Skyhook vows to take Google suit to bitter end
One way or another, says boss, we'll get on every Android phone
The CEO of Skyhook Wireless has vowed to take the company's lawsuits against Google to the bitter end and – "one way or another" – get its location services onto every Android phone.
In September, the Boston-based Skyhook – which offers a service for pinpointing a mobile device's location via Wi-Fi signals – launched two suits against Google. One, filed in federal court, claims patent infringement. The other, filed in Massachusetts state court, alleges unfair and intentional interference with its contractual and business relations. In short, the suit accuses Google of using its Android mobile operating system to strong-arm handset manufacturers into using Google's location technology rather than Skyhook's.
At one point, the suit says, Andy Rubin – the man who oversees Google's Android project – told Motorola co-CEO Sanjay Jha that if the handset manufacturer didn't drop Skyhook, Google would remove official Android support from the devices. This would mean that Motorola could not use proprietary Google services such as the Android Market. The suit argues that although Google bills Android as an "open" platform, it maintains tight control over how it's used.
"[Google forced handset makers] to terminate contractual obligations with Skyhook [and] to sacrifice superior end user experience with Skyhook by threatening directly or indirectly to deny timely and equal access to evolving versions of the Android operating system and other Google mobile applications," the suit reads.
Speaking with the Boston incarnation of Xcompany this week, Skyhook boss Ted Morgan said that his outfit “probably in the first or second inning of a [legal] fight with a company that wants to drag it out as long as possible." That company would be Google. He called the fight "unfortunate", but he said that it "brings to light [Google’s] behavior, which is in contrast to their stated position of being open and not evil."
Then he said that Skyhook has enough capital to see the suits play out.
He also said that the company will continue to battle Google on phones. "[Our] strategy is more sound than ever,” he said. “Google is the only competitor. We own all the intellectual property around it. While the Google [litigation] is a headache, you couldn’t ask for a better market to be in.”
Skyhook, he said, will "get around Google", by providing its service to Android application developers such as Priceline and Citysearch. Both currently offer apps that use Skyhook's service. "We will get on every Android phone one way or another,” Morgan said. “It’s a harder approach, but we’ll get there.”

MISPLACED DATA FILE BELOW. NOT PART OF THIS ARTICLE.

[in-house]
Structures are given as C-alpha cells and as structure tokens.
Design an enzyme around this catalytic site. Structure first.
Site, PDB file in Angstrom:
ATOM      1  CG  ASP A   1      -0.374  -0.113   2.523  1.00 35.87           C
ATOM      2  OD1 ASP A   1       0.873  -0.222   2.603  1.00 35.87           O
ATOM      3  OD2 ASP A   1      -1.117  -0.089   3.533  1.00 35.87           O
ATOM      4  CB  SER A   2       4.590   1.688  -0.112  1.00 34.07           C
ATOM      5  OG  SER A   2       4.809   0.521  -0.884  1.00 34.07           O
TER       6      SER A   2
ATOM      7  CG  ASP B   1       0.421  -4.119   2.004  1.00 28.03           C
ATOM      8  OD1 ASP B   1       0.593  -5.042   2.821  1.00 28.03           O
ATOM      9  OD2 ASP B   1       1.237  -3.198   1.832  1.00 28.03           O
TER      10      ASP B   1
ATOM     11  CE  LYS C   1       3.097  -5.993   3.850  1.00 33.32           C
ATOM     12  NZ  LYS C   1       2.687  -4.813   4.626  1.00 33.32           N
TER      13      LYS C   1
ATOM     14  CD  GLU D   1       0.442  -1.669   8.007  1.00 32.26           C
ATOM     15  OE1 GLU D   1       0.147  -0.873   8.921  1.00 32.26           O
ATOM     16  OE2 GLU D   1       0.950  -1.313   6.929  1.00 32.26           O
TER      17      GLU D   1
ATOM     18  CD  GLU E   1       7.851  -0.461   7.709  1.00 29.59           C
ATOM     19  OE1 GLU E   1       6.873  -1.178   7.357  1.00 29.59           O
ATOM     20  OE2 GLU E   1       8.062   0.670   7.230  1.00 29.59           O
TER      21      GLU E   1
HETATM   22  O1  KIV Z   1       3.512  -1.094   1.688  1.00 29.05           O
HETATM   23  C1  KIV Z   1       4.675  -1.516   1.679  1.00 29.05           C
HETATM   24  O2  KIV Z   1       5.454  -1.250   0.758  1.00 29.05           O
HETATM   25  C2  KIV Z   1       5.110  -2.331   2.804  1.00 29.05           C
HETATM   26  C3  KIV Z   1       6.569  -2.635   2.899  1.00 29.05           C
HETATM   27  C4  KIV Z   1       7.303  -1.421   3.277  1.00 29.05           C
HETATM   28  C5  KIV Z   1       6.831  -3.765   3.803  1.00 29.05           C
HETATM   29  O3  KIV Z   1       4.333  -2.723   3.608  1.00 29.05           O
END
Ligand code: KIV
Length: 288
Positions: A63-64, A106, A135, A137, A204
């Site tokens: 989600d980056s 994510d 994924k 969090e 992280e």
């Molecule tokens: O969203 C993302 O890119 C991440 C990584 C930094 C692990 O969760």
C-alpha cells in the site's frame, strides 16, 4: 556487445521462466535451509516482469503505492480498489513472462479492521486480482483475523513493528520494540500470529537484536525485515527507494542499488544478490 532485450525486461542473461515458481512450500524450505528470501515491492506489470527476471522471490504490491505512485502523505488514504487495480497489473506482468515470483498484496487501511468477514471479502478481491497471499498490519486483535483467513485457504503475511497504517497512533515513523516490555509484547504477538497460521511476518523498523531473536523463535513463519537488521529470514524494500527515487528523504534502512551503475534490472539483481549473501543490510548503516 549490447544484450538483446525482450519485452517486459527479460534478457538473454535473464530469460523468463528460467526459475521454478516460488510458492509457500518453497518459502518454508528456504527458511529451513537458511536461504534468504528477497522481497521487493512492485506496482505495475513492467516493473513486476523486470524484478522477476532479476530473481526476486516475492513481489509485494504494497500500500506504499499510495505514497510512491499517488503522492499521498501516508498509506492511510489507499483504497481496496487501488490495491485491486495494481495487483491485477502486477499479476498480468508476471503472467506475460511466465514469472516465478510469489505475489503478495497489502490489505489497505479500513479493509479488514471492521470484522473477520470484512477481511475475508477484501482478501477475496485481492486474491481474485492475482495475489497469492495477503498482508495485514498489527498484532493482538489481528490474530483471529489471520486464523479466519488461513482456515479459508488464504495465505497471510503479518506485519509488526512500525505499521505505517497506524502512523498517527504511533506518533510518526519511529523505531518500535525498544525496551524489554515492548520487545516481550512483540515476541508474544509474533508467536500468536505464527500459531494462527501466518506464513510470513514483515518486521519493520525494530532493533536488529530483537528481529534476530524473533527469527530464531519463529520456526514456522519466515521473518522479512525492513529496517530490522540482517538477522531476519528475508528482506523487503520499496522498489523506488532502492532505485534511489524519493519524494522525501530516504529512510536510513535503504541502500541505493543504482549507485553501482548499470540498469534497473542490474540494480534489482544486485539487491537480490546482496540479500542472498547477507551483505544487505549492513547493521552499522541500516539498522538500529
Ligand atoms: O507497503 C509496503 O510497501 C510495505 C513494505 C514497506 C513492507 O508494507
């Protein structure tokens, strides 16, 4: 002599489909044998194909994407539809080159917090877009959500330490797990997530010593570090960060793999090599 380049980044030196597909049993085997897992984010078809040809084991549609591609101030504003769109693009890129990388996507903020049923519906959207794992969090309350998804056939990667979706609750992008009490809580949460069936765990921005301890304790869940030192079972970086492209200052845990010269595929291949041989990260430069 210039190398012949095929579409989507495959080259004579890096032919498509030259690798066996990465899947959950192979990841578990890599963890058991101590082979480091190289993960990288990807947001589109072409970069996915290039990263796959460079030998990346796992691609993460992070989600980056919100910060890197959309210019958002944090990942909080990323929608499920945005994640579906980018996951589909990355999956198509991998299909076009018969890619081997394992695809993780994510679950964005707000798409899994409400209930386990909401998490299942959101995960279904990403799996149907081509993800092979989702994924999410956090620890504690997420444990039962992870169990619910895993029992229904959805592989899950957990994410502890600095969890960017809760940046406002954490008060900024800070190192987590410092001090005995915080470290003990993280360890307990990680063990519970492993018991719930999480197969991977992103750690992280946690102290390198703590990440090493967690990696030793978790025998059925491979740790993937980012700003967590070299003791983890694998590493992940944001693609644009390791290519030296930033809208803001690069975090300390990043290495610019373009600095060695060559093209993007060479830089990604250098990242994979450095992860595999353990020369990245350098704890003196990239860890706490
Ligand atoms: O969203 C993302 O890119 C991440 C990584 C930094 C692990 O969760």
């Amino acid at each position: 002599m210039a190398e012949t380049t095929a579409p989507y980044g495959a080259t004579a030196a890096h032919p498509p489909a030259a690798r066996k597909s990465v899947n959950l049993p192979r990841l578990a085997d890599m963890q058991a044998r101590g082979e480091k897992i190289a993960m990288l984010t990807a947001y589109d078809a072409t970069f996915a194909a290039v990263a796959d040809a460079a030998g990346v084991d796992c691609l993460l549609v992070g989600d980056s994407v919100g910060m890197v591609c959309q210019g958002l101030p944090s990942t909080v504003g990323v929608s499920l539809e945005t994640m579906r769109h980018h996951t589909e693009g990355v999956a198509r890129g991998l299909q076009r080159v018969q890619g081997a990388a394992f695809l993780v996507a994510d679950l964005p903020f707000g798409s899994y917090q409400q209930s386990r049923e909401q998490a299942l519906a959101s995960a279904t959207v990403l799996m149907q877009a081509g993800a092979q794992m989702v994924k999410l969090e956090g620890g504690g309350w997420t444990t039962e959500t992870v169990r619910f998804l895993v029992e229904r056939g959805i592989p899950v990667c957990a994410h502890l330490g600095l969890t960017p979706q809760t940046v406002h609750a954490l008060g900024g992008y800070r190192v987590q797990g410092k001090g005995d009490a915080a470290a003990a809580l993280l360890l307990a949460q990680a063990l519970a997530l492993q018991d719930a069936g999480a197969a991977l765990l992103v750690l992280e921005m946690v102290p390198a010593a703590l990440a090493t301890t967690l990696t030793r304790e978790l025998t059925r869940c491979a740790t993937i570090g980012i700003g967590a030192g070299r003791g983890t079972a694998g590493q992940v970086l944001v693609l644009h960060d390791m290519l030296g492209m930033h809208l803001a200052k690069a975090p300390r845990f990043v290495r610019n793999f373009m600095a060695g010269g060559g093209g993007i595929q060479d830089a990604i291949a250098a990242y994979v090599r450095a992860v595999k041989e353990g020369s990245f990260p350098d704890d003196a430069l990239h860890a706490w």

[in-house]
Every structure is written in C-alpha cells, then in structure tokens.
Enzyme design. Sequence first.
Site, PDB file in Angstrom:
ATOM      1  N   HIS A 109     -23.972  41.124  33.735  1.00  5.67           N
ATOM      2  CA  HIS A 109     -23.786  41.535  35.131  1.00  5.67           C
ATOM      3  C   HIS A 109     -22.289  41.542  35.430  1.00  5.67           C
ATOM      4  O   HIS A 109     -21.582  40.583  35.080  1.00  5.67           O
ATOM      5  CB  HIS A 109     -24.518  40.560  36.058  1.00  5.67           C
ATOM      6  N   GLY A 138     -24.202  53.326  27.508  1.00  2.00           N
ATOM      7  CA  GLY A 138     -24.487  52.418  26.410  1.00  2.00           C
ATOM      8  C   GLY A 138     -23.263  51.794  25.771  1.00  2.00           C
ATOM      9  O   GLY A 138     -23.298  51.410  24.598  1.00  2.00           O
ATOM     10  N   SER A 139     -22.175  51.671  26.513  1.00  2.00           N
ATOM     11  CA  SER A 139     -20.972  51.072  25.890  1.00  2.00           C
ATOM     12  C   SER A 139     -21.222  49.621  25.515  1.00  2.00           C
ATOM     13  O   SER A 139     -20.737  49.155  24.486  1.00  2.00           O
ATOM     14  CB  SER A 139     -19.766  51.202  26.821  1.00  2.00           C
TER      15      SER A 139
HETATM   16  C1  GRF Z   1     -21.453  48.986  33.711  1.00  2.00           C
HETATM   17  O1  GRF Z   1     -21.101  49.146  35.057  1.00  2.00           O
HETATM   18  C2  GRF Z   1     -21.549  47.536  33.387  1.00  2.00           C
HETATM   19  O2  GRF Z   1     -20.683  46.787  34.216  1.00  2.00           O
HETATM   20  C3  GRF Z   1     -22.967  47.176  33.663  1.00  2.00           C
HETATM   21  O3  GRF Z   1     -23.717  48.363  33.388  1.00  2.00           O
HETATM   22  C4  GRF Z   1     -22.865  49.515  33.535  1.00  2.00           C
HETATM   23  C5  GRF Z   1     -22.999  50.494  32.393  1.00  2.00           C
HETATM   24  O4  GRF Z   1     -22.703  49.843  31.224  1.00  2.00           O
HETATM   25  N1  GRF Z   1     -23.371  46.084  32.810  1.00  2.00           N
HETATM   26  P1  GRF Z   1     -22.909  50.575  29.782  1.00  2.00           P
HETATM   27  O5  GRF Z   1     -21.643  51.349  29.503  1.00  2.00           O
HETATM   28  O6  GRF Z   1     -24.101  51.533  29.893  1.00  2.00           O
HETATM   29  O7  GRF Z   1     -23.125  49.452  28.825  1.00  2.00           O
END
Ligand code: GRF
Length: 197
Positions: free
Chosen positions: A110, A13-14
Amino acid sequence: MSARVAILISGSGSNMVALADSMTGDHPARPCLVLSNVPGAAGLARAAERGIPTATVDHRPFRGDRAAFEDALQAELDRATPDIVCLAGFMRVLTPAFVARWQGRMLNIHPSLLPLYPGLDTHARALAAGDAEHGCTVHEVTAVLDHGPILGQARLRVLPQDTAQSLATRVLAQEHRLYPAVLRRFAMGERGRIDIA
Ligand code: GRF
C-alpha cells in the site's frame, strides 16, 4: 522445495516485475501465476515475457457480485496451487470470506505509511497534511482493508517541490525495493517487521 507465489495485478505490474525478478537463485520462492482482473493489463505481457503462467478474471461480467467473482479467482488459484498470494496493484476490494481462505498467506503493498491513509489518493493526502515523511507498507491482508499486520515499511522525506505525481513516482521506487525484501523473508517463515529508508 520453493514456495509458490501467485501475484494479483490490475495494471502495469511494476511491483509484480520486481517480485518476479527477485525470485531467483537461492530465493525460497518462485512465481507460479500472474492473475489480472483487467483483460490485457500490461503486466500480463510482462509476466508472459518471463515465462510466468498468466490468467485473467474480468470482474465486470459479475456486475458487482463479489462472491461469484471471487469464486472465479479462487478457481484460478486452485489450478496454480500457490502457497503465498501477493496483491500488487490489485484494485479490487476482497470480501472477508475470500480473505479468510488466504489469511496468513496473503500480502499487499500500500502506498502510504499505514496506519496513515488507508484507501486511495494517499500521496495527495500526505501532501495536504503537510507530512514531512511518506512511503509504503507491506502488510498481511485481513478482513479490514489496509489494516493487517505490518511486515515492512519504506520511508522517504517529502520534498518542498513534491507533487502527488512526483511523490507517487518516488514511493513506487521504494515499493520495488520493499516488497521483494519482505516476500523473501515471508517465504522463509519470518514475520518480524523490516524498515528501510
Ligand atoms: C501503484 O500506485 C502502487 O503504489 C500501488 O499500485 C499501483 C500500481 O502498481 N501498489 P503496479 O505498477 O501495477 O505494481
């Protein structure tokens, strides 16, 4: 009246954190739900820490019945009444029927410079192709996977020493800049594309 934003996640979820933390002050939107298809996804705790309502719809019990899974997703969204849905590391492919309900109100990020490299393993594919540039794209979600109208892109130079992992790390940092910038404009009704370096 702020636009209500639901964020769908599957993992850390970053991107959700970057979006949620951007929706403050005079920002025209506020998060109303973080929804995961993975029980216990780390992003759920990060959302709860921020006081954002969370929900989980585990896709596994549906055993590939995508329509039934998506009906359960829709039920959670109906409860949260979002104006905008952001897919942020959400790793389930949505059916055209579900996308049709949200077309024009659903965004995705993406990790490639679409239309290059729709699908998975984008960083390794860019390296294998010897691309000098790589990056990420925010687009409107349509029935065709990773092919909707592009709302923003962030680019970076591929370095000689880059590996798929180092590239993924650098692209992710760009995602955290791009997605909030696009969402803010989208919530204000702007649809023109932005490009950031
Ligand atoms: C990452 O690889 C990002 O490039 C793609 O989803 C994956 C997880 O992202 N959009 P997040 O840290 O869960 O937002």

Skyhook and other small outfits must continue to battle both Google and Apple, he said, because the two giants are threatening to create a duopoly along the lines of Verizon and AT&T. Skyhook's service was originally part of the iPhone platform, but Apple has since dropped it.
Skyhook's federal suit claims that Google has violated four Skyhook patents, seeking an injunction and damages. The state suit also seeks an injunction and damages, with Skyhook claiming that Google has cost it "in excess of tens of millions of dollars".
Whatever the merits of the rest of Skyhook legal attack on Google, the state suit at least highlights Google's misuse of the word "open" when describing Android. Certainly, it's more open than the iPhone. But there are limits to its openness. Some parts of the platform are proprietary – which could provide the sort of leverage alleged in the suit – and the newest incarnation of the platform is always developed behind closed doors, which means that only certain manufacturers have access to it before it's officially released. ®
""one way or another" – get its location services onto every Android phone."
Is there any way to make sure neither of them can get location services onto my phone unless I specifically ask for it? The creepy bastards.
Drop our competitors software or else? Where have I heard that before?
In other news Google announced the completion of the move of it's headquarters to Redmond Washington. Speaking at the "two Microsoft way" campus a spokesperson stated that coming to redmond felt like coming home and the neighbours are "our kind of people"
This is a publicity stunt and a way to get money out of a big company.
Skyhook greatly exaggerated the quality of their coverage and accuracy in order to promote themselves as the superior product. That's actually fine if they want to be aggressive about their marketing -- it's the job of their customers (OEMs) to check up on whether it's true. Turns out many original developers using Skyhook (like Apple) found that they could get better location information elsewhere and for cheaper.
The real problem is Skyhook misused their position to masquerade as GPS data (which takes priority in many Android applications because it's considered groundtruth i.e. highly reliable in terms of its accuracy.) This is particularly bad for developers who use this GPS data to provide precise analysis or instructions to users. Their self-serving misuse of the system meant that developers would have no indication that the data being passed was not a GPS signal but rather just an estimate (potentially hundreds of meters off) leading to a terrible user and developer experience.